No matter what Cesaro has been asked to do, he's had success. That point should go completely unspoken given the fact he was miscast as a member of Zeb Colter's Tea Party movement. Remember this?

http://youtu.be/yMkmmiJH41M

That is what they gave Cesaro to work with. How'd he do? He outworked and overshadowed his tag team partner -- Jack Swagger (who was absolutely perfect for the role) -- every step of the way.

Earlier this year, it appeared WWE got the memo that they had something special with Cesaro. They put him over in the inaugural Andre the Giant Memorial Battle Royal at Wrestlemania 30, giving fans a "Wrestlemania moment" with Cesaro lifting Big Show out of the ring and paired him with Paul Heyman (who was credited for helping orchestrate the end to The Undertaker's iconic streak). However, the half-hearted attempt to legitimatize Cesaro flopped. WWE ignored the fact Cesaro had been drawing babyface reactions in his latter days as a member of The Real Americans and rather than capitalizing on him as the babyface "King of Swing," they tried to force heat from Paul Heyman onto him.

I pointed this out in the April 23, 2014 installment of Ask WNW:

Here’s the quandary WWE is in. They’ve booked Cesaro as a babyface since the beginning of the year but now want to pair him with the manager drawing nuclear heat over Brock Lesnar ending the streak. Heyman was given the task of working his magic on Raw but it still felt forced. Making matters worse, WWE is trying to blow off the underlying feud between Cesaro/Swagger, with the thinking being there has to be a payoff. I agree the idea of Cesaro and Heyman is genius but will this be a short-term bump in the road or a long-term problem that forces WWE’s hand? That’s a question only time will tell.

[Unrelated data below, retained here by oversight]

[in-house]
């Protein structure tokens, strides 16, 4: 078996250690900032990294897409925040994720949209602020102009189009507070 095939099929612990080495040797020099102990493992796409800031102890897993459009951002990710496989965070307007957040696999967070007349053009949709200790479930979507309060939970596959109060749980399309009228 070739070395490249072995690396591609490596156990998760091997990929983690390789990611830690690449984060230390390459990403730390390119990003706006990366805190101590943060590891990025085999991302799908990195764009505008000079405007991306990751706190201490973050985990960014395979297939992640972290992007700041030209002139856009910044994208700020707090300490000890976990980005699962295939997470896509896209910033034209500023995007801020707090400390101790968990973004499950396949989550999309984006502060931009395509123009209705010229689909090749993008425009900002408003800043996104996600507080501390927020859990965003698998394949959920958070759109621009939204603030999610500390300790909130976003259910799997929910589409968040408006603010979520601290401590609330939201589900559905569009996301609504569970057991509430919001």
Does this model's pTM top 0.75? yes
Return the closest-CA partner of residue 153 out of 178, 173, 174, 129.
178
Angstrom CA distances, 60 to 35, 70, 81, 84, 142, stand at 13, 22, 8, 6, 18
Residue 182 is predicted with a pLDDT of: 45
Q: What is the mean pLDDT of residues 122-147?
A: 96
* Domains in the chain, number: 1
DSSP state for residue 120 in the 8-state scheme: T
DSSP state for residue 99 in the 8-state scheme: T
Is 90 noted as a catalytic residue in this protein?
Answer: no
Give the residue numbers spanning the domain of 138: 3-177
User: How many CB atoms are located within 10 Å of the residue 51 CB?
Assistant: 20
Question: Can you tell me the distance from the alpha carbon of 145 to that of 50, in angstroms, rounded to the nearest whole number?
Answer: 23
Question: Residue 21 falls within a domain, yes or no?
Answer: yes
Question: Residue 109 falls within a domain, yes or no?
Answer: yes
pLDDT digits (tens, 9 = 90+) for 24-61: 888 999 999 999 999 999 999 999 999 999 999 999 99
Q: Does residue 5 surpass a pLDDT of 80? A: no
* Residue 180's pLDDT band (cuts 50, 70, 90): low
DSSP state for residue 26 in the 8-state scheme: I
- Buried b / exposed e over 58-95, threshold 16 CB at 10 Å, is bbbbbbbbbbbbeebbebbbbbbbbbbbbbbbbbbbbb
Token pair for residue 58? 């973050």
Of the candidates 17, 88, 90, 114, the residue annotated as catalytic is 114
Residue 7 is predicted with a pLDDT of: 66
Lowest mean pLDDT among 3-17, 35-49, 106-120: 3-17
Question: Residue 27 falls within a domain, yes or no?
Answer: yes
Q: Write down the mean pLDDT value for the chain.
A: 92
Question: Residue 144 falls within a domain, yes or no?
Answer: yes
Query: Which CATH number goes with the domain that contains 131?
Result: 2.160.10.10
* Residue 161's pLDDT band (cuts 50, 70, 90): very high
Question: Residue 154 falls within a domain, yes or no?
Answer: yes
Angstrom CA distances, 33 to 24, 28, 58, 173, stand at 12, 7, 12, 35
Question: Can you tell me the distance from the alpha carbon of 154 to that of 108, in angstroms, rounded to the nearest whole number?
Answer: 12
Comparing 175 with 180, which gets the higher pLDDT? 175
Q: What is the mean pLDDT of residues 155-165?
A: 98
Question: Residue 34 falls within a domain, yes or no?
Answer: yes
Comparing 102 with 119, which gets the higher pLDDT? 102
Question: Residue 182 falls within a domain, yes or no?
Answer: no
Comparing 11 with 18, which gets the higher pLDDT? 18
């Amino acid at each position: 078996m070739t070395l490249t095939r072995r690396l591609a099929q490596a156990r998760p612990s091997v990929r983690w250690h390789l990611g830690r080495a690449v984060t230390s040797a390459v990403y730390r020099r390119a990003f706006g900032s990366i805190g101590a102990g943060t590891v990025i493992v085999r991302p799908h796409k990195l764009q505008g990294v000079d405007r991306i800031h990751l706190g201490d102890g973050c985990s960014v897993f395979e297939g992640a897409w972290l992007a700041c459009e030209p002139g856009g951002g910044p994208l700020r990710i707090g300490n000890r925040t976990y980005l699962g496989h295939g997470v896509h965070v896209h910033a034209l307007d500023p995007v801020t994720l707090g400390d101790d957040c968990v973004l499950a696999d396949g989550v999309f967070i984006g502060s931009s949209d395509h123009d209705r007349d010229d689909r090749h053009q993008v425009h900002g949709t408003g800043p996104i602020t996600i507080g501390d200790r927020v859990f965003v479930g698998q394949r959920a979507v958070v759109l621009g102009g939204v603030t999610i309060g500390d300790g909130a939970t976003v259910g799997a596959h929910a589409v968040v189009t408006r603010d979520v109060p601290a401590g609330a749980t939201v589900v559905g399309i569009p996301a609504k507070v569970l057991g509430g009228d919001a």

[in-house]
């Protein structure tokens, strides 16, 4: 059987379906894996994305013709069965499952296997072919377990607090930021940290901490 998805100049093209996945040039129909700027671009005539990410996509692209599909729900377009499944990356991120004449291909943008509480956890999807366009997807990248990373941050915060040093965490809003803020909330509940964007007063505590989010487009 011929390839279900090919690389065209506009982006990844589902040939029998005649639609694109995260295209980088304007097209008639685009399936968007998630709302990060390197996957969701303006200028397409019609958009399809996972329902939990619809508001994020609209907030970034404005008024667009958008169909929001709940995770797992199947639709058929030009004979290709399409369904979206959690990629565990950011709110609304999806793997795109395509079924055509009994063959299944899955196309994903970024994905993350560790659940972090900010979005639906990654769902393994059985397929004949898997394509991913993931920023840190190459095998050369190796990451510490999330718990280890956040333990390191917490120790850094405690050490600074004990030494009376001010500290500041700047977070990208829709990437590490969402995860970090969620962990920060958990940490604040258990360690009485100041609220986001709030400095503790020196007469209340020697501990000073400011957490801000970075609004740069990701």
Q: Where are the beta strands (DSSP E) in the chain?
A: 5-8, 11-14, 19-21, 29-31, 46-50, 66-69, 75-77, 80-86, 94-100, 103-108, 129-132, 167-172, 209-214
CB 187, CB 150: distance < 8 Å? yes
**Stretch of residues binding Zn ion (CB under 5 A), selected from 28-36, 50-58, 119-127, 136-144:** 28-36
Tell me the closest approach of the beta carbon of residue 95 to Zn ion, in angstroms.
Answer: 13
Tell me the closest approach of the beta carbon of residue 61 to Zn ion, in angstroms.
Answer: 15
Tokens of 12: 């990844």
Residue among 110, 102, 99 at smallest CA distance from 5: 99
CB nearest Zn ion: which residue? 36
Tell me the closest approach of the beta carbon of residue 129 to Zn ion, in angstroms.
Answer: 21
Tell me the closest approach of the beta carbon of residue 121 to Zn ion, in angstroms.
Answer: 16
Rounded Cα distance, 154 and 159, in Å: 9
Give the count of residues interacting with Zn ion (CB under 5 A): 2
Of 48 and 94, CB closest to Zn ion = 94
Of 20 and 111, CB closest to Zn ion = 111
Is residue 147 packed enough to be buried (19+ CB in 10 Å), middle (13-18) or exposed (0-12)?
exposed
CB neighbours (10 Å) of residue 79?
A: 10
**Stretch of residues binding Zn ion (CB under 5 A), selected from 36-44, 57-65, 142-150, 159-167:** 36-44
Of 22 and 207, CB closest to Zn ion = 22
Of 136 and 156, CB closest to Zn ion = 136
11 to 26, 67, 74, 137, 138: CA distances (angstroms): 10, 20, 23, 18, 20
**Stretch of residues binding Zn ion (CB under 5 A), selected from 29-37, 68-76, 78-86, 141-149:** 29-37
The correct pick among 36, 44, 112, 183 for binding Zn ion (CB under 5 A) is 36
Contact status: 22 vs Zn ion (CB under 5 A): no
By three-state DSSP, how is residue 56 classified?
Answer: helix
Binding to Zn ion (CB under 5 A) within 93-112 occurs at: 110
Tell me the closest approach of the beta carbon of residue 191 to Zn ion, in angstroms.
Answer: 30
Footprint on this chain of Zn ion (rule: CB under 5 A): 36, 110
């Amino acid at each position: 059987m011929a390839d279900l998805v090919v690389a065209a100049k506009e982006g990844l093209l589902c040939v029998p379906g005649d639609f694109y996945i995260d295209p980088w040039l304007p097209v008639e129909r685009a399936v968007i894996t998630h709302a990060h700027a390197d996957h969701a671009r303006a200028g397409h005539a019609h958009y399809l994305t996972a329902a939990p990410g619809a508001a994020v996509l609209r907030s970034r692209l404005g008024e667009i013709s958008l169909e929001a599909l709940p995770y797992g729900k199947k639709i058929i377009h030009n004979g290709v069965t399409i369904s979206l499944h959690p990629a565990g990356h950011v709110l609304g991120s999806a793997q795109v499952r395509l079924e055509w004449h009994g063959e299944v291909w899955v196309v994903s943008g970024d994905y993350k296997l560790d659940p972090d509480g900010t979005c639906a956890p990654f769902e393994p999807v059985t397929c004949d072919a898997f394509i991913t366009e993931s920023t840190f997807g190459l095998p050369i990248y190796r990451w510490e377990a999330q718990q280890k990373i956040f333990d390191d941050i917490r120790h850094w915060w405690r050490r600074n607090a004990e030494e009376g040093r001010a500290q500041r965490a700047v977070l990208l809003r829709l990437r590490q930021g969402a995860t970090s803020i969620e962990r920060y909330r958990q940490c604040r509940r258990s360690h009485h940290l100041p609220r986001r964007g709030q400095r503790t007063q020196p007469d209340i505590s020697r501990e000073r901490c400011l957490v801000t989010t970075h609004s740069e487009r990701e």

A few months later, WWE moved on with Cesaro pushing himself as muscle for The Authority. Making it abundantly clear they had nothing for him, he went on to lose every match for the rest of the summer. WWE put him over Jack Swagger on Raw the night after SummerSlam but have since relegated him to chasing a title no one cares about in the United States Championship.

It hasn't stopped Cesaro's insane work ethic and phenomenal in-ring work as he went on to have one of the matches of the night at Night of Champions last Sunday. In a losing effort, Cesaro reportedly improved his standing with company officials.

I wrote the following on Monday, September 22, 2014:

Sheamus and Cesaro were greeted with rave reviews for their WWE United States Championship match [at Night of Champions]. One observer talked about no matter how many instances the company pulls back on Cesaro, he continues to go above and beyond by delivering. He helped his stock on Sunday, especially with the company looking for more talent to push at the top of the card.

Sounds good, right? After being part of the losing team in a 6-man tag team match on this week's episode of Raw, the direction on Smackdown still appeared to be one of complete and utter oblivion. How can someone with so much talent that is so obvious to everyone that watches him be so underutilized and improperly booked at a time when there is no one else?

It blows my mind to see the number of protected pushes that WWE hands out. From Rusev to Adam Rose to Ryback of old. The company doesn't care to commit to a worker and protect them in hopes of being the next big thing. However, there are some workers that are clearly a cut above the rest, yet are held down the hardest. In fact, it's like WWE wants them to fail.

Daniel Bryan hasn't worked since May, yet the company continues to take unneeded pot shots at him. From portraying him as the injured B+ player that just couldn't get it done to painting him as the "Tiger Woods of Sports Entertainment" as a "serial adulterer." The company never passes up an opportunity to snub their corporate nose at a sensational talent.

It's almost like they're ribbing us.

Cesaro is in the exact same boat. Despite the fact he continues to overcome the odds, horrible booking and put on quality matches when most would have allowed their ego and attitude to ensure their permanent demotion, he continues to rise up.

There is no explaining the unexplainable but perhaps the most frustrating part of all of this is WWE has the talent to fix their problems. But at best, they choose not to utilize it. At worst, they're intent on sabotaging it.